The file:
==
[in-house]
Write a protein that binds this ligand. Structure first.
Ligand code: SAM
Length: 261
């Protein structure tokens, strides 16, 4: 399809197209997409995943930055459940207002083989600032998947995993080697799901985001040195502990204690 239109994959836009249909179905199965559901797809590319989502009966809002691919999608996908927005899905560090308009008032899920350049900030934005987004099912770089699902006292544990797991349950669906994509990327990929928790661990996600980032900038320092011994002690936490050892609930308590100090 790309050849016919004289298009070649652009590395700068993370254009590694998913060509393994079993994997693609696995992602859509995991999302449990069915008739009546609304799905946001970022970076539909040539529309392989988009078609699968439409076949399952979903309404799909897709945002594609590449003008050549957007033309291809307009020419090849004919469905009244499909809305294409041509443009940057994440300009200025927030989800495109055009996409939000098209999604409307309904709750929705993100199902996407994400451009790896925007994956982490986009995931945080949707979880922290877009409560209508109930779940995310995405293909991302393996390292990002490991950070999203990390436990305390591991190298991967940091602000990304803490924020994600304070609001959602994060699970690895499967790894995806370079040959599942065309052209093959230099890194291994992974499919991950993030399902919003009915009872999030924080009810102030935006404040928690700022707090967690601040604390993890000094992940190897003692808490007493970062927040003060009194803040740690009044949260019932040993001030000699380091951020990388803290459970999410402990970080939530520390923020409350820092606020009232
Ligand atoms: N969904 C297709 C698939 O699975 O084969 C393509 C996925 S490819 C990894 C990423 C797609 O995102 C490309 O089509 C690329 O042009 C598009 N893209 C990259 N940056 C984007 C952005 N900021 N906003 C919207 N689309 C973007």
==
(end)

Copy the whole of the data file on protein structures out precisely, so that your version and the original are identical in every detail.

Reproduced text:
[in-house]
Write a protein that binds this ligand. Structure first.
Ligand code: SAM
Length: 261
């Protein structure tokens, strides 16, 4: 399809197209997409995943930055459940207002083989600032998947995993080697799901985001040195502990204690 239109994959836009249909179905199965559901797809590319989502009966809002691919999608996908927005899905560090308009008032899920350049900030934005987004099912770089699902006292544990797991349950669906994509990327990929928790661990996600980032900038320092011994002690936490050892609930308590100090 790309050849016919004289298009070649652009590395700068993370254009590694998913060509393994079993994997693609696995992602859509995991999302449990069915008739009546609304799905946001970022970076539909040539529309392989988009078609699968439409076949399952979903309404799909897709945002594609590449003008050549957007033309291809307009020419090849004919469905009244499909809305294409041509443009940057994440300009200025927030989800495109055009996409939000098209999604409307309904709750929705993100199902996407994400451009790896925007994956982490986009995931945080949707979880922290877009409560209508109930779940995310995405293909991302393996390292990002490991950070999203990390436990305390591991190298991967940091602000990304803490924020994600304070609001959602994060699970690895499967790894995806370079040959599942065309052209093959230099890194291994992974499919991950993030399902919003009915009872999030924080009810102030935006404040928690700022707090967690601040604390993890000094992940190897003692808490007493970062927040003060009194803040740690009044949260019932040993001030000699380091951020990388803290459970999410402990970080939530520390923020409350820092606020009232
Ligand atoms: N969904 C297709 C698939 O699975 O084969 C393509 C996925 S490819 C990894 C990423 C797609 O995102 C490309 O089509 C690329 O042009 C598009 N893209 C990259 N940056 C984007 C952005 N900021 N906003 C919207 N689309 C973007």